4. Thomas the Tank Engine may not be our best friend. I think Thomas does worlds to bring in new people but I think we're getting them a little too young. Science has learned that the second most active (only to the first few years of life) time in brain development occurs during the age of roughly 10-13. At that time long term interests start to develop. I would guess that most of the members on this board were interested in trains at that time. I'm afraid for most that Thomas has come and gone by then. For some it may have stuck but for many it doesn't. If there is anything that the hobby can do is to find a way to carry the momentum into a kid's teenage years. If we're successful, I believe that we will have a group of people with long term ties to the hobby.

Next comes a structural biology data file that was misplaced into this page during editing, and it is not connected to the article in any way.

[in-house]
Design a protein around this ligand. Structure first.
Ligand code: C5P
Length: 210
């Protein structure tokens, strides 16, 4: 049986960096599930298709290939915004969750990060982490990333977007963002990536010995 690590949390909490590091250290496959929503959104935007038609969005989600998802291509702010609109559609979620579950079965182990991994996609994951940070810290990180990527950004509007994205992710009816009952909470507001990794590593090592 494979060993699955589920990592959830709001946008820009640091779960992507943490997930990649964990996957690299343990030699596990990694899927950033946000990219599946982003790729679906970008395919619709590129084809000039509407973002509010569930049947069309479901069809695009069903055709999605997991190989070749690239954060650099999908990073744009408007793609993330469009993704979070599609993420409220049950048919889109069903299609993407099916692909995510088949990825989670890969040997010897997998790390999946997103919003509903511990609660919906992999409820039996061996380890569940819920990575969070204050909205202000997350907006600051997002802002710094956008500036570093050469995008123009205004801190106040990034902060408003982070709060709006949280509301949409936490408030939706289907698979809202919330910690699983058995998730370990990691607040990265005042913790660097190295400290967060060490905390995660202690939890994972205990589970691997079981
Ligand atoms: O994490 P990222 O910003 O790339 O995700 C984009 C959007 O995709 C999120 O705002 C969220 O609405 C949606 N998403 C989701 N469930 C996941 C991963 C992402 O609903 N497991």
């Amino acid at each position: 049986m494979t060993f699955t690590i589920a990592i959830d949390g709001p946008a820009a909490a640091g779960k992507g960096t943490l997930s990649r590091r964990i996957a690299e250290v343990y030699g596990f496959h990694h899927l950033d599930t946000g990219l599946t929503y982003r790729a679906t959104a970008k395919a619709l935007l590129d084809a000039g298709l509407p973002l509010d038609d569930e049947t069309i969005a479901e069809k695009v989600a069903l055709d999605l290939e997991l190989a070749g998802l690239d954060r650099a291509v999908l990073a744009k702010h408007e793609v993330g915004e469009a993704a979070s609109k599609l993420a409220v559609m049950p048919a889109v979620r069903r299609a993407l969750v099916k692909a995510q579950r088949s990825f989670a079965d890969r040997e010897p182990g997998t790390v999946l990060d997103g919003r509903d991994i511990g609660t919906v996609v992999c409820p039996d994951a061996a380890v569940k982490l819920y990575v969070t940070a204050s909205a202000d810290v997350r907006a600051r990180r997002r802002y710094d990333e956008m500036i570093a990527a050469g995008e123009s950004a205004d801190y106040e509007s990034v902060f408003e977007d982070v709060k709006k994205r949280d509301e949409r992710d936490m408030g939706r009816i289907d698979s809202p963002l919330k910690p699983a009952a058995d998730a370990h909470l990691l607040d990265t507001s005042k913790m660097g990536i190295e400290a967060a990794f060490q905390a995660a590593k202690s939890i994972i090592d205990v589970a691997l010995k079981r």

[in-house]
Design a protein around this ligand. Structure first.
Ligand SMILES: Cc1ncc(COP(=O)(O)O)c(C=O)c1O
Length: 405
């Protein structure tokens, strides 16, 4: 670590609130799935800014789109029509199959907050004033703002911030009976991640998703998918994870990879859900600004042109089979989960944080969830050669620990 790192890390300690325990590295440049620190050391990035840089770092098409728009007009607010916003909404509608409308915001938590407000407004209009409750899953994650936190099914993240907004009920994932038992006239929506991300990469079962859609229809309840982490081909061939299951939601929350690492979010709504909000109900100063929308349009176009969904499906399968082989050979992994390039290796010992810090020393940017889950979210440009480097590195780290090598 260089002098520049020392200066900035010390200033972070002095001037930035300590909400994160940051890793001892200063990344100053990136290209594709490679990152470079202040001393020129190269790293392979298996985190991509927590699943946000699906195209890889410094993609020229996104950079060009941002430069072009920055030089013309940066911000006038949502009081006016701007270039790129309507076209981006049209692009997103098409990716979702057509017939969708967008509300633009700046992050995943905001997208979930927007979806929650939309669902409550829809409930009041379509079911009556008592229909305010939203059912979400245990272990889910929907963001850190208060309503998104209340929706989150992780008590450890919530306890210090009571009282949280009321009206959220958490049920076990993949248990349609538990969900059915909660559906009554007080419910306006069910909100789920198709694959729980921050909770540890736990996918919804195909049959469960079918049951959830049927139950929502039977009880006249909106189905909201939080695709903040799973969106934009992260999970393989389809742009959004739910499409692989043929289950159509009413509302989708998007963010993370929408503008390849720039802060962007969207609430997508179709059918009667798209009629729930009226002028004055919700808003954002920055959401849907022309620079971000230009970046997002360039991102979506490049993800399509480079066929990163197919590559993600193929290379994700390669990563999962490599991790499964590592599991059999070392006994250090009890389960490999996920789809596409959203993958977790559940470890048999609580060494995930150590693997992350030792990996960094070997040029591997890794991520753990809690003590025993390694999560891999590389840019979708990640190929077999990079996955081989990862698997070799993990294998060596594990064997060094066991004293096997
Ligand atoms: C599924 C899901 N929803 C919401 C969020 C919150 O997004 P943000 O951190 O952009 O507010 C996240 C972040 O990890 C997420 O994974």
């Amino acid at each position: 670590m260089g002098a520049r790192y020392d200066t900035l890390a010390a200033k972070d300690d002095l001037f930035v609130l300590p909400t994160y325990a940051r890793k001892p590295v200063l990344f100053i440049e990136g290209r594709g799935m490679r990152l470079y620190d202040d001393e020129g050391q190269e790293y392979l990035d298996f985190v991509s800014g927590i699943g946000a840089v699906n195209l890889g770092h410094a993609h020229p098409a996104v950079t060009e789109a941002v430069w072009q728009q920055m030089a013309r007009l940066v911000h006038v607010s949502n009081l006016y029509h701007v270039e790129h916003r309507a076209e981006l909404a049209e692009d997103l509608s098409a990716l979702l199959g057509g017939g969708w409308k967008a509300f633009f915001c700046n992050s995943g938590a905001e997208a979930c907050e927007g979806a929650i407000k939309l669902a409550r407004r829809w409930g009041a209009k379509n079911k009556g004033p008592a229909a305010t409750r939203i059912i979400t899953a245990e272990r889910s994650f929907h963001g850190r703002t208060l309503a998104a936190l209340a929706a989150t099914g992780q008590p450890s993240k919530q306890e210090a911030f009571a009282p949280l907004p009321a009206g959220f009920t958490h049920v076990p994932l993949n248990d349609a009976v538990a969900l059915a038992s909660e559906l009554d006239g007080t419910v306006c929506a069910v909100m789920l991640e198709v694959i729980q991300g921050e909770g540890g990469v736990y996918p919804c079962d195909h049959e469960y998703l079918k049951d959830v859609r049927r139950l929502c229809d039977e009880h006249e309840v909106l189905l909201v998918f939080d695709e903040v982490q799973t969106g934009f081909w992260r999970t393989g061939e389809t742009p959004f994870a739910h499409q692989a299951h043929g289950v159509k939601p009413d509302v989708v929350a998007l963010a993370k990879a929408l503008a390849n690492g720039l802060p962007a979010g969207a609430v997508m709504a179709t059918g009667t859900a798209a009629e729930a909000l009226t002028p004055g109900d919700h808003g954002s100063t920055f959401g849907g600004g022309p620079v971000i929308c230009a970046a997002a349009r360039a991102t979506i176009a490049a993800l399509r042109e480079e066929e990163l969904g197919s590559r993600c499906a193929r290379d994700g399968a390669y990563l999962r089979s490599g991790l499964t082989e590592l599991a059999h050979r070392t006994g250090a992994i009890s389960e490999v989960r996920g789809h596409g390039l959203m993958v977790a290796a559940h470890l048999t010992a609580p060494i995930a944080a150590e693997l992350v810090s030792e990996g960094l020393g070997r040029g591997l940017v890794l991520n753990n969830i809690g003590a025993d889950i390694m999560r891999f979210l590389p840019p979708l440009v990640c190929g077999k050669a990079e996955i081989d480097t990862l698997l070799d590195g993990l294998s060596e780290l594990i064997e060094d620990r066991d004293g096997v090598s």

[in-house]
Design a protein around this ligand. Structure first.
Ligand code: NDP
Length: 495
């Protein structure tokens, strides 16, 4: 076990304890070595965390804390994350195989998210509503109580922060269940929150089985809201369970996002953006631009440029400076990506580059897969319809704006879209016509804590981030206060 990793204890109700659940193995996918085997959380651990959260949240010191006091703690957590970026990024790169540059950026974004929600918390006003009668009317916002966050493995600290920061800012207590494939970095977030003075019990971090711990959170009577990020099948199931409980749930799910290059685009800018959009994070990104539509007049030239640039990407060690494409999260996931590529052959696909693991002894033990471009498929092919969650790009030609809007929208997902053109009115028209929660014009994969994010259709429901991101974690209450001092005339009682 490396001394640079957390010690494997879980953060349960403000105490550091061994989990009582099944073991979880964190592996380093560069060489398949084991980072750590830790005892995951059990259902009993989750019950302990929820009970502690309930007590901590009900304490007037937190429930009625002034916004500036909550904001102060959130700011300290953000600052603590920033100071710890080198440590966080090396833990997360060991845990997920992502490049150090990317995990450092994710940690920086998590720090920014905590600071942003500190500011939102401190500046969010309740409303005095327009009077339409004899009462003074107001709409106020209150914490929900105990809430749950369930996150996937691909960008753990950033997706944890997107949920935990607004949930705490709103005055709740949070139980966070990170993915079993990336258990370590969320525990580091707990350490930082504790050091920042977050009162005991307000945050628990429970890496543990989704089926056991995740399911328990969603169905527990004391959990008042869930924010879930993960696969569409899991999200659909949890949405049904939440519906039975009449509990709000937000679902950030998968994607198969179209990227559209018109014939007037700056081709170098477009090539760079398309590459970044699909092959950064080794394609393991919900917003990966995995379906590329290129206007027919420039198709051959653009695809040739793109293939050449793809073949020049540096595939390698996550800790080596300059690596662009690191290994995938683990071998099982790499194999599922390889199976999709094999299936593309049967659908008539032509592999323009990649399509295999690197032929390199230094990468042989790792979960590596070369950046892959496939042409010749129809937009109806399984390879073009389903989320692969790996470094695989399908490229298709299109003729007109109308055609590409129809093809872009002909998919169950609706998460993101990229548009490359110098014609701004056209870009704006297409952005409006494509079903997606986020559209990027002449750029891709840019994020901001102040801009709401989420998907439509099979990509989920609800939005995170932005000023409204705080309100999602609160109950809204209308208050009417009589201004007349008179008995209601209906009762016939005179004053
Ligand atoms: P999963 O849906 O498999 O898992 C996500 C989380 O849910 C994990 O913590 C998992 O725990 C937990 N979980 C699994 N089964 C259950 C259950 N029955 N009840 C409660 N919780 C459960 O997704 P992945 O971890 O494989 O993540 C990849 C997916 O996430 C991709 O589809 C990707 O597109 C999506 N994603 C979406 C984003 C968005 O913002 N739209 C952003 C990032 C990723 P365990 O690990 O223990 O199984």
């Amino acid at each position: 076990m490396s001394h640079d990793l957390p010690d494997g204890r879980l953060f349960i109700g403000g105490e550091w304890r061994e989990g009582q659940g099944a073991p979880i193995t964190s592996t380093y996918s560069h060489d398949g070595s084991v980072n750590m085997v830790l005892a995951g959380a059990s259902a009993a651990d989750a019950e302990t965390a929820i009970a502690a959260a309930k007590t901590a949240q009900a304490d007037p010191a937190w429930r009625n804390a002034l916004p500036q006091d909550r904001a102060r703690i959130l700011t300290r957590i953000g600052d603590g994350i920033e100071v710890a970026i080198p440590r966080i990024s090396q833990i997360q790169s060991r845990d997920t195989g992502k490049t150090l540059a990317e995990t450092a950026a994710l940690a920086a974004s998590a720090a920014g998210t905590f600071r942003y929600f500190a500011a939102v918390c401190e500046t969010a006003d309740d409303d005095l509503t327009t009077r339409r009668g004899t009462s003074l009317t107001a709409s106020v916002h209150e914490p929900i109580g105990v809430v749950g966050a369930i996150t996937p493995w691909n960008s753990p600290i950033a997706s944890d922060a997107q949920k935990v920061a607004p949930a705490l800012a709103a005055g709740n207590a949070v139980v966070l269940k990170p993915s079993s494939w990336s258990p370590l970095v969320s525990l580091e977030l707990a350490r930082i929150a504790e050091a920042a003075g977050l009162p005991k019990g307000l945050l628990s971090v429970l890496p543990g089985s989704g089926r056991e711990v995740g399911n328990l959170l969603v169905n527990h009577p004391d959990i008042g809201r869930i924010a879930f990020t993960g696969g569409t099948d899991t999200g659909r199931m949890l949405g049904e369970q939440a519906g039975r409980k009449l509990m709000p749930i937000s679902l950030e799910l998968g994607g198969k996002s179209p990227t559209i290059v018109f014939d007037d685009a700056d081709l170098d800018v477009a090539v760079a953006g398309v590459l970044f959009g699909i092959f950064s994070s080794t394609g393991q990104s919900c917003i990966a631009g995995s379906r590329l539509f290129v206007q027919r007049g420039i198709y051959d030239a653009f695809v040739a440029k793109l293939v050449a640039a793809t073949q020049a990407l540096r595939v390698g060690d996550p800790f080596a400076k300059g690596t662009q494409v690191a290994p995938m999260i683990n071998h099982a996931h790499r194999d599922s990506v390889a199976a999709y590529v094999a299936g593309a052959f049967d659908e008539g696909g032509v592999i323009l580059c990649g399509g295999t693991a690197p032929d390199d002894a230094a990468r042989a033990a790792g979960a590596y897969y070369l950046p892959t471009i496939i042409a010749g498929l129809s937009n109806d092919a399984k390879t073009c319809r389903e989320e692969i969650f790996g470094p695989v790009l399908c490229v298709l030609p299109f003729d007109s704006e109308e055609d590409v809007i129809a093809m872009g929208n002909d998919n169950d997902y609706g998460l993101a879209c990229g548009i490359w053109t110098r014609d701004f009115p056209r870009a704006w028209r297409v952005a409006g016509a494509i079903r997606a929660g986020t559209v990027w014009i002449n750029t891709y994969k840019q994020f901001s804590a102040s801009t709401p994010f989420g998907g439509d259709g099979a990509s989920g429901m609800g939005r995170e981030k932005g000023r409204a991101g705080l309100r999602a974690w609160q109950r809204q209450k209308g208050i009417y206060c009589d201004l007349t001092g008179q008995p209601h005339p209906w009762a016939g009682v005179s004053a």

5. O Scale has the most to lose and gain. As this hobby attracts more people that likely didn't grow up on a Lionel set and those that did begin to leave the hobby, people are less likely to get into 3-rail O. 3-rail's problems are compounded by the non-prototypical 3rd rail and movable pilots that distract from the super-detailed realism that we are moving towards. Lack of standards and compatibility between control systems and rolling stock make it work. I think people are being fed up of the attitude of "I'm sorry your 15 year old locomotive that you paid $350 for wont work with this system. You can upgrade it but it will cost a lot of money and nobody wants to do it. However, I can sell you this $500 locomotive that will work." From what I understand, sales are showing it. MTH did wonders in bringing great products to the market, but they also brought out so much tooling so fast that they saturated the market at the same time. As of late, most of their products are re-runs of old tooling. Conversely, I believe that scale-O is hitting the sweet spot in product offerings to entice people into the scale. The additional realism and DCC compatibility should go very far for those seeking to work with big models.